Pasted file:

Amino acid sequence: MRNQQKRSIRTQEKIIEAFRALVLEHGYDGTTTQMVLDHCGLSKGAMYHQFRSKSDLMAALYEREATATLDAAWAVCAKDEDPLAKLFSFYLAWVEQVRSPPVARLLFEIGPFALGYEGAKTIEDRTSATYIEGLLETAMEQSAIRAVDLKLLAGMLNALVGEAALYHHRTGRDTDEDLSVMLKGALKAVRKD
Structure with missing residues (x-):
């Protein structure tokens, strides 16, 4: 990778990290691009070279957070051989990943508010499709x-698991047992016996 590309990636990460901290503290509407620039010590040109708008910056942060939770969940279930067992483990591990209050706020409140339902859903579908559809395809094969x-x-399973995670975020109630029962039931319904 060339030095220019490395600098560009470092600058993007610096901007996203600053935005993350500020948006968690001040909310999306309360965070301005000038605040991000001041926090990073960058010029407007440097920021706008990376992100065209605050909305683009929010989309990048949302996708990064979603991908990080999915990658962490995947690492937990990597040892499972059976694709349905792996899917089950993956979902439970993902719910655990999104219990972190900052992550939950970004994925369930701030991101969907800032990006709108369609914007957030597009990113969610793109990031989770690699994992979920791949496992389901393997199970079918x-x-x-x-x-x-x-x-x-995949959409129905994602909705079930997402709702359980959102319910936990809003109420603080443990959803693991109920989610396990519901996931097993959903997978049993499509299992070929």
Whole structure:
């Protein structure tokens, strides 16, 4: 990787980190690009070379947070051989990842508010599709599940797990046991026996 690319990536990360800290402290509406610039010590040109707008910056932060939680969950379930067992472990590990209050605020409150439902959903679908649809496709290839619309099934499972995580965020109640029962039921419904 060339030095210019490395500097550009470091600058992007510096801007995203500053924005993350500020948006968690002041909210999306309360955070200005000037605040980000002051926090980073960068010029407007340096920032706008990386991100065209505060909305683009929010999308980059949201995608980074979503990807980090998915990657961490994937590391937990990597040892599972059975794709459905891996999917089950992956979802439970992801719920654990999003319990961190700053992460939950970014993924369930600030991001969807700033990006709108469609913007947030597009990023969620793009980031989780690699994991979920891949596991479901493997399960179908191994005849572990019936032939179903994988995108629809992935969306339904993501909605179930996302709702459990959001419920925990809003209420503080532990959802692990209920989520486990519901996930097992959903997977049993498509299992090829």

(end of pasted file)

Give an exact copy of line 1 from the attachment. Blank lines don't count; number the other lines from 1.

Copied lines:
Amino acid sequence: MRNQQKRSIRTQEKIIEAFRALVLEHGYDGTTTQMVLDHCGLSKGAMYHQFRSKSDLMAALYEREATATLDAAWAVCAKDEDPLAKLFSFYLAWVEQVRSPPVARLLFEIGPFALGYEGAKTIEDRTSATYIEGLLETAMEQSAIRAVDLKLLAGMLNALVGEAALYHHRTGRDTDEDLSVMLKGALKAVRKD